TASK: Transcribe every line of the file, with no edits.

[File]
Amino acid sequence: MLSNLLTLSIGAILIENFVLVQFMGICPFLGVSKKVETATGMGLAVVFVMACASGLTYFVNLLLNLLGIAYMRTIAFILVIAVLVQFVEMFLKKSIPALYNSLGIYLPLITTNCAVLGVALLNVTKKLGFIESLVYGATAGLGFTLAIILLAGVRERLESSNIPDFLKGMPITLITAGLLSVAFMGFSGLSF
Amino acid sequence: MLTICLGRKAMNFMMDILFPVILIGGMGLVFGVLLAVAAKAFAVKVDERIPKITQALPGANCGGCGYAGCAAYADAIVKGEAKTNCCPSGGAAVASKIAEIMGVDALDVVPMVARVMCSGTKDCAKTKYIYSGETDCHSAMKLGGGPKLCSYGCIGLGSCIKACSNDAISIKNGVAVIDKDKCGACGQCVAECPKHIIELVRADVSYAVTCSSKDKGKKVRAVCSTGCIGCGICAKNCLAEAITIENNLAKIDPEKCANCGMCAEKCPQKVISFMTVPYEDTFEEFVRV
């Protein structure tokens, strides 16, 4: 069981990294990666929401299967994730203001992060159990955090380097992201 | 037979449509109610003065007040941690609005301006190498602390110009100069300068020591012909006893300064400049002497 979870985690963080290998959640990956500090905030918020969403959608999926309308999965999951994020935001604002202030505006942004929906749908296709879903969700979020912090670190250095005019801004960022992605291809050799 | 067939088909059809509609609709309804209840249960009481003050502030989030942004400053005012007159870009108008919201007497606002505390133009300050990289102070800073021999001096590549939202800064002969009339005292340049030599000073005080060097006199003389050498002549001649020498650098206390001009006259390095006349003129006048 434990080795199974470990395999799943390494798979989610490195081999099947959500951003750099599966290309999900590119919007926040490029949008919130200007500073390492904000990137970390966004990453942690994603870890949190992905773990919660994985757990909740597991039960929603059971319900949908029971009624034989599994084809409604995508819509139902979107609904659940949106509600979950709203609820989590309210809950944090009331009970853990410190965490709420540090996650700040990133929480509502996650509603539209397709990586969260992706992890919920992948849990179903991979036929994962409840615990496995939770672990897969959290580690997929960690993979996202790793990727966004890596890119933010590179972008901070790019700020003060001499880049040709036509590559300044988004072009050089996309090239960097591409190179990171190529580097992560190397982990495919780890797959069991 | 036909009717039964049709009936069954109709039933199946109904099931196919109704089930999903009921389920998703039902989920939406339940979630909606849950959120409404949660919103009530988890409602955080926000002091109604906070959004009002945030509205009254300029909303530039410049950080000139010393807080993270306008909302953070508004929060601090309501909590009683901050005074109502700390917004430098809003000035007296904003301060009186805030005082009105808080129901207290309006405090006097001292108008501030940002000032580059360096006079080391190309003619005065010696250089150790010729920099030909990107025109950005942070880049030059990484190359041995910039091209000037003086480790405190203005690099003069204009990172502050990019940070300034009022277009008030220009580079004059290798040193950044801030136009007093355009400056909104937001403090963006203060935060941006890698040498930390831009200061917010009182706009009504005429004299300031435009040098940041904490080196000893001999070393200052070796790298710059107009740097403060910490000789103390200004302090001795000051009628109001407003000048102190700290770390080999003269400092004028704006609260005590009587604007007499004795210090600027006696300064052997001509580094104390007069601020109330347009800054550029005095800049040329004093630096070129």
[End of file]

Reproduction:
Amino acid sequence: MLSNLLTLSIGAILIENFVLVQFMGICPFLGVSKKVETATGMGLAVVFVMACASGLTYFVNLLLNLLGIAYMRTIAFILVIAVLVQFVEMFLKKSIPALYNSLGIYLPLITTNCAVLGVALLNVTKKLGFIESLVYGATAGLGFTLAIILLAGVRERLESSNIPDFLKGMPITLITAGLLSVAFMGFSGLSF
Amino acid sequence: MLTICLGRKAMNFMMDILFPVILIGGMGLVFGVLLAVAAKAFAVKVDERIPKITQALPGANCGGCGYAGCAAYADAIVKGEAKTNCCPSGGAAVASKIAEIMGVDALDVVPMVARVMCSGTKDCAKTKYIYSGETDCHSAMKLGGGPKLCSYGCIGLGSCIKACSNDAISIKNGVAVIDKDKCGACGQCVAECPKHIIELVRADVSYAVTCSSKDKGKKVRAVCSTGCIGCGICAKNCLAEAITIENNLAKIDPEKCANCGMCAEKCPQKVISFMTVPYEDTFEEFVRV
């Protein structure tokens, strides 16, 4: 069981990294990666929401299967994730203001992060159990955090380097992201 | 037979449509109610003065007040941690609005301006190498602390110009100069300068020591012909006893300064400049002497 979870985690963080290998959640990956500090905030918020969403959608999926309308999965999951994020935001604002202030505006942004929906749908296709879903969700979020912090670190250095005019801004960022992605291809050799 | 067939088909059809509609609709309804209840249960009481003050502030989030942004400053005012007159870009108008919201007497606002505390133009300050990289102070800073021999001096590549939202800064002969009339005292340049030599000073005080060097006199003389050498002549001649020498650098206390001009006259390095006349003129006048 434990080795199974470990395999799943390494798979989610490195081999099947959500951003750099599966290309999900590119919007926040490029949008919130200007500073390492904000990137970390966004990453942690994603870890949190992905773990919660994985757990909740597991039960929603059971319900949908029971009624034989599994084809409604995508819509139902979107609904659940949106509600979950709203609820989590309210809950944090009331009970853990410190965490709420540090996650700040990133929480509502996650509603539209397709990586969260992706992890919920992948849990179903991979036929994962409840615990496995939770672990897969959290580690997929960690993979996202790793990727966004890596890119933010590179972008901070790019700020003060001499880049040709036509590559300044988004072009050089996309090239960097591409190179990171190529580097992560190397982990495919780890797959069991 | 036909009717039964049709009936069954109709039933199946109904099931196919109704089930999903009921389920998703039902989920939406339940979630909606849950959120409404949660919103009530988890409602955080926000002091109604906070959004009002945030509205009254300029909303530039410049950080000139010393807080993270306008909302953070508004929060601090309501909590009683901050005074109502700390917004430098809003000035007296904003301060009186805030005082009105808080129901207290309006405090006097001292108008501030940002000032580059360096006079080391190309003619005065010696250089150790010729920099030909990107025109950005942070880049030059990484190359041995910039091209000037003086480790405190203005690099003069204009990172502050990019940070300034009022277009008030220009580079004059290798040193950044801030136009007093355009400056909104937001403090963006203060935060941006890698040498930390831009200061917010009182706009009504005429004299300031435009040098940041904490080196000893001999070393200052070796790298710059107009740097403060910490000789103390200004302090001795000051009628109001407003000048102190700290770390080999003269400092004028704006609260005590009587604007007499004795210090600027006696300064052997001509580094104390007069601020109330347009800054550029005095800049040329004093630096070129």